Sunday trading laws could be suspended for a year under Government plans to stimulate the economy amid the coronavirus crisis.
Downing Street is said to be drawing up legislation to enable larger supermarkets to open for more than six hours on Sundays, according to The Times.
Last month, when supermarket bosses were urging the government to relax the Sunday Trading Act, Dr Alan Smith, Bishop of St Albans told Premier he would be fine with relaxing Sunday trading rules if it was only for a few weeks.
"I'm very clear that both in the scriptures and for the sake of society, the crucial message is keep Sunday special and I've always argued that I'm very passionate about it.
"I guess the only questions coming up at the moment is in these unbelievably, unusual, difficult times, is whether there's any case for perhaps a very temporary lessening of the rules just for a few weeks."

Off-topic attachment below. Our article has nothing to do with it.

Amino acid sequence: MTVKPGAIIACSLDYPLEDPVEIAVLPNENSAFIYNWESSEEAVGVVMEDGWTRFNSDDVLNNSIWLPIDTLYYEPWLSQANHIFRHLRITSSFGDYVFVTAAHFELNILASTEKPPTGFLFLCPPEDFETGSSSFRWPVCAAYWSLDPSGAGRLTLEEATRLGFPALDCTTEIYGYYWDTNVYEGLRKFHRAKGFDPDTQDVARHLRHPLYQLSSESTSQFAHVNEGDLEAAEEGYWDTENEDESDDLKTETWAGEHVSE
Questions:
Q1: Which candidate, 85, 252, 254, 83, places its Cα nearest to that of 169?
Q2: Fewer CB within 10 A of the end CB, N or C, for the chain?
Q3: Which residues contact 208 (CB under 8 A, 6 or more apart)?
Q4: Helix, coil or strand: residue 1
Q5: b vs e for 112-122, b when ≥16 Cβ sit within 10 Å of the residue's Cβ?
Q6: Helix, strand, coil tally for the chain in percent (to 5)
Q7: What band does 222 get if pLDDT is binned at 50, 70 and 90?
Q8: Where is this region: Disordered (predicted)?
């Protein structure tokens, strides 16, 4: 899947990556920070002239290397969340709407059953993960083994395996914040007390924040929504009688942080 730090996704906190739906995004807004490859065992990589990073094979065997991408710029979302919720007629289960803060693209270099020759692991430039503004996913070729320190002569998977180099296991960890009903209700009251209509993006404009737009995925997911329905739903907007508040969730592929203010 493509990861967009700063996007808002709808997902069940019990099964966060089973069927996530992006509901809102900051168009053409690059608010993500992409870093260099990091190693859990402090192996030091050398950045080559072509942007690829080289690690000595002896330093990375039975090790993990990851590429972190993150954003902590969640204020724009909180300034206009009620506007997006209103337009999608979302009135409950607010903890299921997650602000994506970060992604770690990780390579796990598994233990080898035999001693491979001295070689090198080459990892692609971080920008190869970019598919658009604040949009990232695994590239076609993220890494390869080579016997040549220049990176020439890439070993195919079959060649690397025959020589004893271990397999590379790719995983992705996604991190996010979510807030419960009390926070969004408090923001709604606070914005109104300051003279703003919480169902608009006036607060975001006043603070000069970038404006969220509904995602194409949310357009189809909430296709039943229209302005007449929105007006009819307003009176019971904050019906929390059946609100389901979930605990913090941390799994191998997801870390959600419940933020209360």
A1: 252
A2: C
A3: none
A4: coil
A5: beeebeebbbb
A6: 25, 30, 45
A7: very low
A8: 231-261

Bishop Alan, who speaks on behalf of the Church in the House of Lords, told Premier he knew the temporary relaxing of the rules could trigger more long term change and would want to be ensured that wouldn't happen.
"I wouldn't want to see anything more than perhaps something just for a few weeks at the most, and even then would want some more persuasion this isn't just large chains of supermarkets who'd be arguing to change the status quo for a long time, simply seizing the opportunity.
"I'm concerned about people who've got their own businesses, small shops. For example, people here in St Alans who are deeply worried and there may be a case to help them out, say for four or six weeks."
On 5th May he told The Telegraph that the proposals so far had lacked transparency.
"Time frames for this decision, the suitability for non-busy stores, safeguards for workers unable or unwilling to work on Sundays and financial compensation are all left unspecified."
The government paper also said cafes and pubs would be given fast-track approval to serve food and drink outside, doing away with the need for the 28-day minimum statutory consultation period.
Former prime minister David Cameron was forced to drop plans to extend Sunday trading hours in 2016 after suffering a humiliating Commons defeat which saw 27 Tories joining forces with opposition parties.